[extropy-chat] System dynamics (Urban dynamics)
asa at nada.kth.se
Wed Jan 17 10:28:42 UTC 2007
Keith Henson wrote:
> "The model was, and is, very controversial, because it illustrates why
> well-known urban policies are either ineffective or make urban problems
> worse. Further, the model shows that counter-intuitive policies -- i.e.,
> policies that appear at first glance to be incorrect, often yield
> startlingly effective results. As an example, in the Urban Dynamics model,
> a policy of building low income housing creates a poverty trap that helps
> to stagnate a city, while a policy of tearing down low income housing
> creates jobs and a rising standard of living for all of the city's
We might get a test of this in Beijing, as large parts of low income
housing in the city were torn down for the olympic city.
> I might add that system dynamics has a lot of ad hoc assumptions in the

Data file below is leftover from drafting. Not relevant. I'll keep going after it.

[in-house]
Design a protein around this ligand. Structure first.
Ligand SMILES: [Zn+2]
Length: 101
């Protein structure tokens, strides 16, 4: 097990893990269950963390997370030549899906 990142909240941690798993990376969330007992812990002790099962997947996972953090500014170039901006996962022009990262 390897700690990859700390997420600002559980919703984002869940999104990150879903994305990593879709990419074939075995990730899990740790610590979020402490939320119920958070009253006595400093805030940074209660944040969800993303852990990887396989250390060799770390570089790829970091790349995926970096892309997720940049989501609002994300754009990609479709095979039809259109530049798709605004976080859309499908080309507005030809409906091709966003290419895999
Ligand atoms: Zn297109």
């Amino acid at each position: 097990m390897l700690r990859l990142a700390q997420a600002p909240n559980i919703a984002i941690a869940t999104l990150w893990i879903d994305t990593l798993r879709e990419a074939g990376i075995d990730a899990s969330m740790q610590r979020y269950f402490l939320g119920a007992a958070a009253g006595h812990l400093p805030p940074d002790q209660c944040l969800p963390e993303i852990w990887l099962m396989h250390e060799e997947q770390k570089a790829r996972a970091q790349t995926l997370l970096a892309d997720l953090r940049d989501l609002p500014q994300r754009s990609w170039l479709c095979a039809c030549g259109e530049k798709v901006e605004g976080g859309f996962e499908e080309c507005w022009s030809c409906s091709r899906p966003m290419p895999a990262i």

> models. Most of them are reasonable ones, such as economics, birth rated
> integrating to population levels and the like.
To me it looks a lot like a model where all plausible variables and
interactions are included, but the functional form of the interactions are
empirically unknown and hence have to be approximated by even more
plausible stuff. And if there is anything we have learned from dynamical
systems and computational biology it is that they matter tremendously. The
"counterintuitive dynamics" Forrester describes in
seems to be fairly typical instability, but he cannot determine what
causes it because the model is complex and somewhat arbitrary.
That is why I love zero-parameter models. Too bad they are very hard to
> But now that Anders got me to thinking about this, system dynamics lacks a
> foundation to the level of biology.
> Another application for evolutionary psychology!
I think one need to model agents in this kind of system, both individual
humans but also the "agents" of parts of the cities. Many continous models
give a far too smooth behavior and don't show creative emergence in the
same way as when agents can select strategies and copy variants from each
Oxford Uehiro Centre for Practical Ethics
Philosophy Faculty of Oxford University
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